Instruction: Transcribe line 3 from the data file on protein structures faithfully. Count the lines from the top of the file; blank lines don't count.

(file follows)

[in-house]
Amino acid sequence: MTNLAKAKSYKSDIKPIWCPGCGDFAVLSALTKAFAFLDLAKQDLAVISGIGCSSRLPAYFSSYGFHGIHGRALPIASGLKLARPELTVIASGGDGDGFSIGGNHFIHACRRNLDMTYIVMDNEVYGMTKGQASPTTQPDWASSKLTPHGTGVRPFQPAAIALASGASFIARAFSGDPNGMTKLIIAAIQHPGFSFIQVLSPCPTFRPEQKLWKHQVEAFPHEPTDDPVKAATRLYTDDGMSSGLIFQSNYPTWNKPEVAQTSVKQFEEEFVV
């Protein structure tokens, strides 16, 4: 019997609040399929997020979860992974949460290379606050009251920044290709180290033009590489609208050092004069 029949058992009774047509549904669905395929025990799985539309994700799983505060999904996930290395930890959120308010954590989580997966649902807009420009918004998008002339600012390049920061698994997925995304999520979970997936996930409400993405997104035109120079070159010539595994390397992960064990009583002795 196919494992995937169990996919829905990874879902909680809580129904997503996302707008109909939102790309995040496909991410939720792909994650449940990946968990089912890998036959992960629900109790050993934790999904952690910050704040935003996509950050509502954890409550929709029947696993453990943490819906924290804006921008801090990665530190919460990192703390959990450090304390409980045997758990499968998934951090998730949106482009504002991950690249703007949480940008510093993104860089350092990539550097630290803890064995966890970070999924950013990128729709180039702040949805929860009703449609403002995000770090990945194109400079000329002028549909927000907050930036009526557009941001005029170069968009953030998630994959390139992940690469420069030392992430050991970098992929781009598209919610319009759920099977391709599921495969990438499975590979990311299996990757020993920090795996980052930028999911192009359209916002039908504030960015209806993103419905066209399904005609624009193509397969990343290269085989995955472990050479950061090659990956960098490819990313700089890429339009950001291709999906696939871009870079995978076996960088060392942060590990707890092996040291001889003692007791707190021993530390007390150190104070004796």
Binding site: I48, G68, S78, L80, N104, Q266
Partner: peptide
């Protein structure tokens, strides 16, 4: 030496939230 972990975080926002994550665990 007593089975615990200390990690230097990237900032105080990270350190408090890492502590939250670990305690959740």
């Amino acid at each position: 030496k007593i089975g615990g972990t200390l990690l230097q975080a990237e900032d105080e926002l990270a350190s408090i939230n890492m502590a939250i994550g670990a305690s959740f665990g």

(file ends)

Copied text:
């Protein structure tokens, strides 16, 4: 019997609040399929997020979860992974949460290379606050009251920044290709180290033009590489609208050092004069 029949058992009774047509549904669905395929025990799985539309994700799983505060999904996930290395930890959120308010954590989580997966649902807009420009918004998008002339600012390049920061698994997925995304999520979970997936996930409400993405997104035109120079070159010539595994390397992960064990009583002795 196919494992995937169990996919829905990874879902909680809580129904997503996302707008109909939102790309995040496909991410939720792909994650449940990946968990089912890998036959992960629900109790050993934790999904952690910050704040935003996509950050509502954890409550929709029947696993453990943490819906924290804006921008801090990665530190919460990192703390959990450090304390409980045997758990499968998934951090998730949106482009504002991950690249703007949480940008510093993104860089350092990539550097630290803890064995966890970070999924950013990128729709180039702040949805929860009703449609403002995000770090990945194109400079000329002028549909927000907050930036009526557009941001005029170069968009953030998630994959390139992940690469420069030392992430050991970098992929781009598209919610319009759920099977391709599921495969990438499975590979990311299996990757020993920090795996980052930028999911192009359209916002039908504030960015209806993103419905066209399904005609624009193509397969990343290269085989995955472990050479950061090659990956960098490819990313700089890429339009950001291709999906696939871009870079995978076996960088060392942060590990707890092996040291001889003692007791707190021993530390007390150190104070004796």